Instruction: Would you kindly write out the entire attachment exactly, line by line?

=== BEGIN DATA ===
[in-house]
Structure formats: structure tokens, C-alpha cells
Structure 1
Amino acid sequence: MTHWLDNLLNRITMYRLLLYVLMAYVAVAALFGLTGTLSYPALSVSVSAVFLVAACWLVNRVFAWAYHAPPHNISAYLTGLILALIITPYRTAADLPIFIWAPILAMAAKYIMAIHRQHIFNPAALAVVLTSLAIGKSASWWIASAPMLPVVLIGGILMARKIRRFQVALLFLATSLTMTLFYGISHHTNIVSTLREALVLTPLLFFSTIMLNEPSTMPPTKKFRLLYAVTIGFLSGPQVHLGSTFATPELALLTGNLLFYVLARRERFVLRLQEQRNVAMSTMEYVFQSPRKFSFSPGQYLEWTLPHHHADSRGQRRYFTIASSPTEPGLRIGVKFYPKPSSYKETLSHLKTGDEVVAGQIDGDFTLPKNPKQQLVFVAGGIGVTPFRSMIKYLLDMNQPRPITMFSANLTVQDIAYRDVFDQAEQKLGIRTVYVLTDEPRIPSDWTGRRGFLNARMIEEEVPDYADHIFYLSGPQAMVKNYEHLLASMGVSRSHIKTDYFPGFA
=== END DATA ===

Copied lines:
[in-house]
Structure formats: structure tokens, C-alpha cells
Structure 1
Amino acid sequence: MTHWLDNLLNRITMYRLLLYVLMAYVAVAALFGLTGTLSYPALSVSVSAVFLVAACWLVNRVFAWAYHAPPHNISAYLTGLILALIITPYRTAADLPIFIWAPILAMAAKYIMAIHRQHIFNPAALAVVLTSLAIGKSASWWIASAPMLPVVLIGGILMARKIRRFQVALLFLATSLTMTLFYGISHHTNIVSTLREALVLTPLLFFSTIMLNEPSTMPPTKKFRLLYAVTIGFLSGPQVHLGSTFATPELALLTGNLLFYVLARRERFVLRLQEQRNVAMSTMEYVFQSPRKFSFSPGQYLEWTLPHHHADSRGQRRYFTIASSPTEPGLRIGVKFYPKPSSYKETLSHLKTGDEVVAGQIDGDFTLPKNPKQQLVFVAGGIGVTPFRSMIKYLLDMNQPRPITMFSANLTVQDIAYRDVFDQAEQKLGIRTVYVLTDEPRIPSDWTGRRGFLNARMIEEEVPDYADHIFYLSGPQAMVKNYEHLLASMGVSRSHIKTDYFPGFA